Years ago, in another life, I taught English and reading to high school students in the suburbs of Chicago. Most often during the summers, I taught an etymology class, where students studied Latin and Greek roots, prefixes and suffixes as a means of improving their vocabulary.
The class was open to all students, but most students were honors-level students, and the curriculum we covered in a few short weeks was quite substantial. More than anything, the class required large amounts of memorization. Because it was condensed into a summer school schedule of teaching a semester-length class in just under a month, we covered a week’s worth of material every day. Typically, students were a little overwhelmed the first few days of class, but by the midway point in the class, everyone was accustomed to the pace.
One summer, there was a boy I’ll call Joshua (not his real name) in my class who was tall, thin and exceedingly quiet. He spoke only when spoken to and even then, it was in soft, stilted words often difficult to understand.
Each day, I began with assessing the students on the previous day’s lessons. The first couple of tests were sometimes rocky for students, as they learned to keep up with the volume of words required. But with Joshua, his first test score was dismal.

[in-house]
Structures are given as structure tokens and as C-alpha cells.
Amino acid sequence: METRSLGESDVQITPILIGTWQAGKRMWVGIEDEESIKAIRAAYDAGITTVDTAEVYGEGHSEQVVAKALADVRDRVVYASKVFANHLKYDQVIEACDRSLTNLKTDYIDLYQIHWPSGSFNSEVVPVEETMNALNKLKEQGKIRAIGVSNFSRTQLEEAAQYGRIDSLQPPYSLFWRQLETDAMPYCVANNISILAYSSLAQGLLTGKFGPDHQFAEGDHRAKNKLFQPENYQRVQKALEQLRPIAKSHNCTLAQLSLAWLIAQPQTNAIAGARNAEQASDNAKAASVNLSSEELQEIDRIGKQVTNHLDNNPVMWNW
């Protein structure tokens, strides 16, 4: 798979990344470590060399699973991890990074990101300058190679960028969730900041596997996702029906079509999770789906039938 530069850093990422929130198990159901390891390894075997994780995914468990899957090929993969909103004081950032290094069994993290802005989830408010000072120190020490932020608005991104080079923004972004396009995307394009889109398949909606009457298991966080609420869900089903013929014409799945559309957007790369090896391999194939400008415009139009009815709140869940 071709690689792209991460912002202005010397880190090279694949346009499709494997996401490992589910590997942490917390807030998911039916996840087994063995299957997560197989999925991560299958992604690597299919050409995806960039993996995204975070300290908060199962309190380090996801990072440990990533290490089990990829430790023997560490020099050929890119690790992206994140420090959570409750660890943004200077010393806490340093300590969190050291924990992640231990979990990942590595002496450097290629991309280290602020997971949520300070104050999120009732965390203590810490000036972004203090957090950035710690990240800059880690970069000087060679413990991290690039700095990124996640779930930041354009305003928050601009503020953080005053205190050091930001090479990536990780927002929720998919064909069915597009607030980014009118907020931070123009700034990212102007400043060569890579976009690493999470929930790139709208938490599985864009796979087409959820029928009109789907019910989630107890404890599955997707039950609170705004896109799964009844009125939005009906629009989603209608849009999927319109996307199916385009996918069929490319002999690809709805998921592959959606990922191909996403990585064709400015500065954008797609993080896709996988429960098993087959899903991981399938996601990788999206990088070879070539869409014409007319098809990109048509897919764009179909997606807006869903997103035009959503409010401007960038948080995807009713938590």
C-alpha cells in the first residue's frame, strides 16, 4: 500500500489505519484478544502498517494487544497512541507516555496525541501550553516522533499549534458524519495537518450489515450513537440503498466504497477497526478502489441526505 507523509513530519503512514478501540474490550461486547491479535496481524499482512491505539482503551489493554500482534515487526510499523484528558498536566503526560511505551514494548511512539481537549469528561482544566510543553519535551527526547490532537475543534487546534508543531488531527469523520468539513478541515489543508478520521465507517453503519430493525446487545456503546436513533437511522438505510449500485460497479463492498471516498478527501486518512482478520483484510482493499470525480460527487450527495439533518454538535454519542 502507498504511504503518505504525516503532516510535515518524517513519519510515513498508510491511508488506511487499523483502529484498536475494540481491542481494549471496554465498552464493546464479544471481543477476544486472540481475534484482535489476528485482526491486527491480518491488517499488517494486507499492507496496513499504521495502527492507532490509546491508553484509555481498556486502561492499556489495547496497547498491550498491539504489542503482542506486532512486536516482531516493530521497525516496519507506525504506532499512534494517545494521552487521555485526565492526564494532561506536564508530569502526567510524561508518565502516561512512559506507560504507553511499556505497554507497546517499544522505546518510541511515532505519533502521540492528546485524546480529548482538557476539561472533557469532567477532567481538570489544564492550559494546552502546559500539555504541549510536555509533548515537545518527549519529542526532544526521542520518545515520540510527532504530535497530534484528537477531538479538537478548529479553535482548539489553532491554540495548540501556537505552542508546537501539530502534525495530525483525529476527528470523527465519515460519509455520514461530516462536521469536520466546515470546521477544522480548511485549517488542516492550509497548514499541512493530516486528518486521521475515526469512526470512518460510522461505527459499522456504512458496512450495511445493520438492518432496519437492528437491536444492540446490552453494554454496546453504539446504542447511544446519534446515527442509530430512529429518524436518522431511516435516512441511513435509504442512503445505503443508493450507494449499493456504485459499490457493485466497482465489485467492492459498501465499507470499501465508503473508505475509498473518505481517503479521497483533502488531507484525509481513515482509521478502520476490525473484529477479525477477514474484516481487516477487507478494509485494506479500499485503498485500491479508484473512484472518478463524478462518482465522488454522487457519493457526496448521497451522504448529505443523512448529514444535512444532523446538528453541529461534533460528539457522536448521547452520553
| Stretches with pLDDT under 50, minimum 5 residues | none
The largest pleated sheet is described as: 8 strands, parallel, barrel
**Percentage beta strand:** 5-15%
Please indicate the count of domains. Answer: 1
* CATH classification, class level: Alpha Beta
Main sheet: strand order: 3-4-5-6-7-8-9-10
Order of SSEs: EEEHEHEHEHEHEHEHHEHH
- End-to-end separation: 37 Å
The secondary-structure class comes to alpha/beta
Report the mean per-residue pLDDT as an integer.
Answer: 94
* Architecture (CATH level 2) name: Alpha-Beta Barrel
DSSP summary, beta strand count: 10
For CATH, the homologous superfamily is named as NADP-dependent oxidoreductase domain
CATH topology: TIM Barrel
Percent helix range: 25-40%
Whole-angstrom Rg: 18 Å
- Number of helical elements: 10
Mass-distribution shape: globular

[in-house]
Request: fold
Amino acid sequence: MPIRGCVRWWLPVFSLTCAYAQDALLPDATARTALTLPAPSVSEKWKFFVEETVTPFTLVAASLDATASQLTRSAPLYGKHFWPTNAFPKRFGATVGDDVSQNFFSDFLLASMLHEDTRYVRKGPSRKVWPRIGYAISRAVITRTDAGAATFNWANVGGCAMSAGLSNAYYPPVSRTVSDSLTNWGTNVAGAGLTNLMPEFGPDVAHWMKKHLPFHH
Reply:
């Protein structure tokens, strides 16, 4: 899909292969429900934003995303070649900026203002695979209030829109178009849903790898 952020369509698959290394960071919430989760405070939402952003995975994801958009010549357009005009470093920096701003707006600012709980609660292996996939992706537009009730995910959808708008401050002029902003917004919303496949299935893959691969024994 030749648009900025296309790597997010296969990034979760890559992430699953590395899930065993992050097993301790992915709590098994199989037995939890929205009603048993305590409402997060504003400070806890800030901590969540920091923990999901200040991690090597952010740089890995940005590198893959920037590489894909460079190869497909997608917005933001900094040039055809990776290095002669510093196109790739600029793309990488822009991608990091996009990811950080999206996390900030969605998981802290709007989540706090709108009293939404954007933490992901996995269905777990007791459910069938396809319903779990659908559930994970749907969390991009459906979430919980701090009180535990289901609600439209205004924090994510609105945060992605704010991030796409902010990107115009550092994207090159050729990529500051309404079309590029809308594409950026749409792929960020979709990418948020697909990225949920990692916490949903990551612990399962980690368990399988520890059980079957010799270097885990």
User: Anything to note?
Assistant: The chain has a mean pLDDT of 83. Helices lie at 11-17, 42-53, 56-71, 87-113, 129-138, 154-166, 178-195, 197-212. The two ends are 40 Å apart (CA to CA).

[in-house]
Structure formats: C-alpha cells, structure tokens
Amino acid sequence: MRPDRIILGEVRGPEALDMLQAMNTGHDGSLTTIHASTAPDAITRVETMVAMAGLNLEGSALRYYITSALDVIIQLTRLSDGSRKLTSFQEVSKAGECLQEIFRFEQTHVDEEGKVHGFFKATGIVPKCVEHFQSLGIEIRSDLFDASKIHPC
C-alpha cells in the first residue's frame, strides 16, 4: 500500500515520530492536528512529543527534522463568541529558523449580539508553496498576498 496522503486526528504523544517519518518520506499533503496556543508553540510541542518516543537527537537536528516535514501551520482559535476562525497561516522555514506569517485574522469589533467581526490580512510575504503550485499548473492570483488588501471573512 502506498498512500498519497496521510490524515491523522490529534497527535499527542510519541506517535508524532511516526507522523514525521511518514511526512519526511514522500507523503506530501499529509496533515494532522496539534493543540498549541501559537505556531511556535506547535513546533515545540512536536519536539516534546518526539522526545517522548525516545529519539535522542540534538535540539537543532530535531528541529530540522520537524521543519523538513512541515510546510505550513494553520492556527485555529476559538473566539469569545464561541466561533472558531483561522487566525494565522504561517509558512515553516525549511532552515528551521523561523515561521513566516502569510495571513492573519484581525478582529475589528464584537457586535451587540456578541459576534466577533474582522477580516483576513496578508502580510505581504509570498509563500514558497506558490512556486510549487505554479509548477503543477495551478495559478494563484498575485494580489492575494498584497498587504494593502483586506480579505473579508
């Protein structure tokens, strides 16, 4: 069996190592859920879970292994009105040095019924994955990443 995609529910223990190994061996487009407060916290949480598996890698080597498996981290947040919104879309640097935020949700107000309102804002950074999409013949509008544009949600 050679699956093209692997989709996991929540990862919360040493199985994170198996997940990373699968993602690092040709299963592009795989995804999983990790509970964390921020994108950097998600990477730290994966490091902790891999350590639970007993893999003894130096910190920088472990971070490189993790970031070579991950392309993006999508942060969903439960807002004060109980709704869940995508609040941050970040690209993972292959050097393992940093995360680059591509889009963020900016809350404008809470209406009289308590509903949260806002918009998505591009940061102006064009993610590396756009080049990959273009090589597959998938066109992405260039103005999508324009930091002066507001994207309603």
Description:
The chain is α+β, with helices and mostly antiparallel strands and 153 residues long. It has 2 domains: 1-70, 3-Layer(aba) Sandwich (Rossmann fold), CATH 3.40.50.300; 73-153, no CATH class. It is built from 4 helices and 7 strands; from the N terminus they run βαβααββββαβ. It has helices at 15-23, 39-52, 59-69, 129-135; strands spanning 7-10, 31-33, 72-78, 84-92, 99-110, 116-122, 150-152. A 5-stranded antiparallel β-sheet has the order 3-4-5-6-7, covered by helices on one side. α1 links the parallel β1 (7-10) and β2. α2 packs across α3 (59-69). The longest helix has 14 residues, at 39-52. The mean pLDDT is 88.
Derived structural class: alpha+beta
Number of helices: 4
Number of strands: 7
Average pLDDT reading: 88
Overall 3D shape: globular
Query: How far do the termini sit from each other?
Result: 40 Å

This continued for several days, with his scores improving only slightly and never reaching even close to a passing grade. I soon learned that he struggled academically across the board, receiving assistance during the regular school year with most subjects.
Initially, I was unsure of how he ended up in a class that was clearly challenging to the point of frustration for him. I tried to speak with him about it, but all I got was some mumbling and what appeared to be discomfort with the conversation. At one point, he was even offered assistance through our special education services, but frankly, the curriculum seemed so far above his ability level that it didn’t appear to help much. And, to add even more weight to his load, because the class was so short in duration, there was little time to address his needs and potentially solve them.